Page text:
Gregory S. Clapper

Affiliate Professor of United Methodist Studies

Phone: (317) 931-2350
Email: gclapper@uindy.edu

Dr. Greg Clapper serves as Professor of Philosophy and Religion at the University of Indianapolis. His teaching interests include Systematic Theology; Christian Spiritual Formation; Wesleyan Studies; Historical Theology, especially the thought of: Augustine, Edwards, Wesley, Schleiermacher and Kierkegaard; Character Ethics; Philosophy of Religion; Christian Political Thought.

After studying philosophy and psychology as an undergraduate and Masters degree student, Clapper received his M.Div. degree from Garrett-Evangelical Theological Seminary and Ph.D. degree from Emory University.  His dissertation, directed by Don E. Saliers, was entitled "John Wesley on Religious Affections."

Clapper has also served as Associate Professor in the Chapman-Benson Chair of Christian Faith and Philosophy, Huntingdon College, Montgomery, Alabama, and as Senior Minister of Trinity United Methodist Church, Waverly, IA.

Professional Publications include numerous journal articles and three books: When the World Breaks Your Heart: Spiritual Ways of Living With Tragedy (Nashville: Upper Room Books, 1999), As If the Heart Mattered: A Wesleyan Spirituality (Nashville: Upper Room Books, 1997), and John Wesley on Religious Affections: His Views on Experience and Emotion and Their Role in the Christian Life and Theology (Metuchen: Scarecrow Press, 1989).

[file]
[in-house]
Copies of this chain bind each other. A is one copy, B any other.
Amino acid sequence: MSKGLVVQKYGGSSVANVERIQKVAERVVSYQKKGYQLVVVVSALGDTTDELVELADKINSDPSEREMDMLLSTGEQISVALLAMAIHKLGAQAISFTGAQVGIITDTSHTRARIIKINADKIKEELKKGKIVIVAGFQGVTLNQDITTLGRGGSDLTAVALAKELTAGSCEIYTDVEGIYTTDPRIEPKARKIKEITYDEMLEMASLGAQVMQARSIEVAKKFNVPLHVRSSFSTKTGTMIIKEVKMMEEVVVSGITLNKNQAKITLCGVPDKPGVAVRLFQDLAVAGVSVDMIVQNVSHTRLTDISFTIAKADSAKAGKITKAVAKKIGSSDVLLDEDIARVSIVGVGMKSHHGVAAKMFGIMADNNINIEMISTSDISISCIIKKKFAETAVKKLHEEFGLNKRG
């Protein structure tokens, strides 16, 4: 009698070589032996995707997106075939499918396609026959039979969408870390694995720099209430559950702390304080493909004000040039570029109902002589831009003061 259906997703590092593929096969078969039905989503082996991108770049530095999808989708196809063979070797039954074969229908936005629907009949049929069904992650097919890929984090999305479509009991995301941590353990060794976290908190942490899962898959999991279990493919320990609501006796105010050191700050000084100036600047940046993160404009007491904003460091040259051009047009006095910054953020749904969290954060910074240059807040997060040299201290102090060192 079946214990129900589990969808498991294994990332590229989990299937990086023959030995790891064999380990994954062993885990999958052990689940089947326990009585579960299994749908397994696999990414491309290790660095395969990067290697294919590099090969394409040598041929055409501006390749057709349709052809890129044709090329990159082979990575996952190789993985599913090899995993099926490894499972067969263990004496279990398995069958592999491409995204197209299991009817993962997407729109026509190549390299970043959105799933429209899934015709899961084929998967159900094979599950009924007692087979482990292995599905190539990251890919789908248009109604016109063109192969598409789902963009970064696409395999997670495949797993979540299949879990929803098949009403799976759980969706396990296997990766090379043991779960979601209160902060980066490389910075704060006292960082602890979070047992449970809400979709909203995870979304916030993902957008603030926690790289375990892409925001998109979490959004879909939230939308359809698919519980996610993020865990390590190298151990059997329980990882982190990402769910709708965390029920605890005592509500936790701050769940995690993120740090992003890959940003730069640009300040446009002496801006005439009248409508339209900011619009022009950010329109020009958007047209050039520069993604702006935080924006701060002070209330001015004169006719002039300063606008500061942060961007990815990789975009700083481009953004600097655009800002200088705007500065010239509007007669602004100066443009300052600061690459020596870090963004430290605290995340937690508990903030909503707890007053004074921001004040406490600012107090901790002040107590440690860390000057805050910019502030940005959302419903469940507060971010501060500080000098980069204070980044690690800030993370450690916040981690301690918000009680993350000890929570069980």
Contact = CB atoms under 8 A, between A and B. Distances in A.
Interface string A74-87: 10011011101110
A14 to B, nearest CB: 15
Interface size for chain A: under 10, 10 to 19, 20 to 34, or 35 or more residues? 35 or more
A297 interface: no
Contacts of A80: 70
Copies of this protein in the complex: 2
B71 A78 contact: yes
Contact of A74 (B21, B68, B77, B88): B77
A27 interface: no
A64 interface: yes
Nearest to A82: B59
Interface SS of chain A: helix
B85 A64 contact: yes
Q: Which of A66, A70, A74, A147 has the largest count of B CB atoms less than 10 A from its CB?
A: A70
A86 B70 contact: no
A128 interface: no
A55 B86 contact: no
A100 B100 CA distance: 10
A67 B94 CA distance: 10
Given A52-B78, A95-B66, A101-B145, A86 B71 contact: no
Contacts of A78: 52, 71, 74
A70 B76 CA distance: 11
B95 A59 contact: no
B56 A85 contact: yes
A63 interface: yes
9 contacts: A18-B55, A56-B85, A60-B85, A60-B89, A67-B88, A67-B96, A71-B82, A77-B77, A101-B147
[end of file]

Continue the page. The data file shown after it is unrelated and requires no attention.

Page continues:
Syllabi

Archived Syllabi

    H-633 United Methodist History and Theology: 1900 to the Present - Fall 2010 (PDF)
    H-632 Wesley and the 19th Century - Spring 2010 (PDF)
    H-633 United Methodist History and Theology - Fall 2008 (PDF)
    H-704 Seminar: Great Leaders of the Western Church / John Wesley -  Spring 2008 (PDF)
    H-633 United Methodist History and Theology - Fall 2006 (PDF)
    H-704 Seminar: Great Leaders of the Western Church / John Wesley- Fall 2005 (PDF)
    H-633 United Methodist History and Theology - Fall 2004 (PDF)
    H-633  United Methodist History and Theology - Fall 2002